Mammoth Lakes Declares Bankruptcy
Only days after Mammoth Mountain gave the axe to June Mountain, plunging the town of June Lake into crisis, Mammoth's hometown of Mammoth Lakes has now declared bankruptcy, following a botched development agreement and a failed court appeal that leaves the tiny community unable to pay a massive $43 million dollar breach-of-contract judgment.
The story begins in the 1990's, when the town of Mammoth Lakes took over the local airport, intending to add commercial air service. Beginning in 1992, Mammoth Lakes received grants from the FAA under the Airport Improvement Program. This money was used to develop and expand the airport. FAA money, however, does not come without strings. Specifically, the FAA extracted assurances from Mammoth Lakes that the town would not sell or lease any part of the airport property without FAA approval.
THE LAND DEAL
In 1997, intending to turn the airport into "a first-class airport operation," the town entered into an agreement with developer Terrence Ballas, who had experience in airport development. The deal leased portions of the airport property to Ballas, with a later option to buy, granting him the right to build a 250-unit hotel or permanent resident condominium complex on-site. In exchange, Ballas agreed to make major upgrades to the airport facility at his own expense.
Sharp eyes will note that the deal with Ballas obviously conflicted with the town's prior agreement with the FAA. As a condition to receiving FAA money, the town had agreed (among other conditions) not to sell or lease airport land without FAA approval.
Apparently seeking that approval, Mammoth Lakes Airport Director William Manning sent details of the proposal to the FAA. The FAA responded with a terse fax reading (in part): "Under current FAA policy and procedure guidance a release of all federal obligations which encumber the property must be obtained from the FAA prior to the notice to sell/purchase the property. The FAA should be given a copy of the option contract for review and comment prior to recording the document."
That would not seem to constitute a letter of approval. Nonetheless, nine days later, in 1997, Mammoth Lakes signed the contract with Ballas. Manning would later testify in court that he thought the FAA's fax was "ridiculous." He felt it did not constitute an official correspondence and that he "wasn't obligated" to respond to it.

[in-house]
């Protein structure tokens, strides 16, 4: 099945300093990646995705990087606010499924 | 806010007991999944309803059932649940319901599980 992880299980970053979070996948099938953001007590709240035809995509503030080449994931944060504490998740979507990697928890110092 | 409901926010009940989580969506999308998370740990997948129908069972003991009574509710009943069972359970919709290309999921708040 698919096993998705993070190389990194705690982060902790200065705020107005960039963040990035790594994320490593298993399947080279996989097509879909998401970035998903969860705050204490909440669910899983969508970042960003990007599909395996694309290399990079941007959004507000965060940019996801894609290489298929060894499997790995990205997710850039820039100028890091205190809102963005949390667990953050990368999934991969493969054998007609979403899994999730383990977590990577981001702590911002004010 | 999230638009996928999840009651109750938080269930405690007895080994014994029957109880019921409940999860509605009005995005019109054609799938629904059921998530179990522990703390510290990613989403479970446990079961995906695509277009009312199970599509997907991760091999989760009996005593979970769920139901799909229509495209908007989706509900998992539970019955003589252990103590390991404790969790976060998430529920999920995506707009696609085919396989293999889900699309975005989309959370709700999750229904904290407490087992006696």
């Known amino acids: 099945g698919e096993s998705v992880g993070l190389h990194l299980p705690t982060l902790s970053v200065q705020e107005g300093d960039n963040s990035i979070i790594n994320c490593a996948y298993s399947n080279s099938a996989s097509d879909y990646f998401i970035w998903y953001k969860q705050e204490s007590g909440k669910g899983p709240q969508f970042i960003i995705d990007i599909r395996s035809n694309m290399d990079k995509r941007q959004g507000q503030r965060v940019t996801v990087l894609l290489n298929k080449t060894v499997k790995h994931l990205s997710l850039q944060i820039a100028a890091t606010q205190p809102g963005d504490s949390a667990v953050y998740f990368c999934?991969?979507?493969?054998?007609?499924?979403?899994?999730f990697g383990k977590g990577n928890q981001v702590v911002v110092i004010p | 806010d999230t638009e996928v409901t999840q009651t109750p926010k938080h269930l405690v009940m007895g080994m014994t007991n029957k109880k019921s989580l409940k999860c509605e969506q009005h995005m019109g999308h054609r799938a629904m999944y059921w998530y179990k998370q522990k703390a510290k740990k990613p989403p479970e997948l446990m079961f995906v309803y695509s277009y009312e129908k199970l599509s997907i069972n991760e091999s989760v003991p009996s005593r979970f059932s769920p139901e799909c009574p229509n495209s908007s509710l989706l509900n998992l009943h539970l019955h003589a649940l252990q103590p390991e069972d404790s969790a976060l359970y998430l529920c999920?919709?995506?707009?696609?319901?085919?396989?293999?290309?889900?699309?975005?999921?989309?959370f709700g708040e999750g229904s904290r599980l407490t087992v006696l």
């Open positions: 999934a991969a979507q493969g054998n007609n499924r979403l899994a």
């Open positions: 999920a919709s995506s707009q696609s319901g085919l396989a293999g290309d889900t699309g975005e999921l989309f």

Following the agreement with Mammoth Lakes, Ballas assigned his interest in the agreement to other entities, including the Mammoth Lakes Land Acquisition LLC. As part of the development agreement with Mammoth Lakes, the LLC made between $15 and $17 million dollars in airport terminal and infrastructure improvements. Phase I thus concluded, in the year 2000 the LLC presented Mammoth Lakes with plans for Phase II of the development, specifically the construction of a condominium complex to be called "Hot Creek."
While the original agreement already granted the developer permission in principle to build Hot Creek, the actual construction plans still had to go through Mammoth Lakes' planning department for review. In 2002, unhappy with the plan's "residential" orientation, Mammoth Lakes planning staff recommended rejecting the LLC's application. Rather than see the plan rejected, the LLC agreed to temporarily withdraw it, on assurances that the town's planning staff was willing to negotiate.
In 2004, the FAA took the position that the town could have either the on-site hotel/condo complex or expanded air service at the airport—but not both. On or about this time, Mammoth Lakes officials privately changed their position on the desirability of the Hot Creek development, and began actively seeking ways to get out of the agreement.
In June 2004, deputy town manager Charles Long met with the FAA and asked the agency for help to "get rid of Hot Creek." Long asked the FAA to put in writing its objections to the Hot Creek plan—specifically on the basis of the town's prior grant agreements with the FAA. Armed with these documents, Long emailed the Hot Creek LLC, informing the developer that the Hot Creek plan as submitted differed significantly from the original development agreement, and that the FAA was "concerned that the airport will run out of land for aeronautical purposes" if Hot Creek went forward.
The LLC responded with a request for clarification, and a request for assurances that the Town intended to honor the 1997 development agreement. Town manager Robert Clark responded that the LLC and the town needed to resolve the FAA compliance issue. Clark also noted that the development agreement included language requiring the developer to comply with "FAA review requirements."
The LLC saw it differently. Their position would be that the town had not made the development agreement contingent on FAA approval, nor had town officials in fact even mentioned that there might be conflicts with the FAA regarding the development. Further, in the LLC's eyes the town had actively courted and then created the FAA issue by pressing for airport expansion, thus engaging in behavior inconsistent with the town's contractual obligation to the developer.
In February 2005, the LLC served the town with notice of default under the terms of the development agreement. Subsequently the LLC filed a civil claim, from which it was awarded damages in the amount of $30 million plus legal fees. That judgement was upheld in appeal. For residents of Mammoth Lakes, already struggling to cope with a severe economic downturn and harsh cuts in public and private employment and services, their fates will now be in the hands of a bankruptcy judge—barring any more surprises.
Andy Lewicky is the author and creator of SierraDescents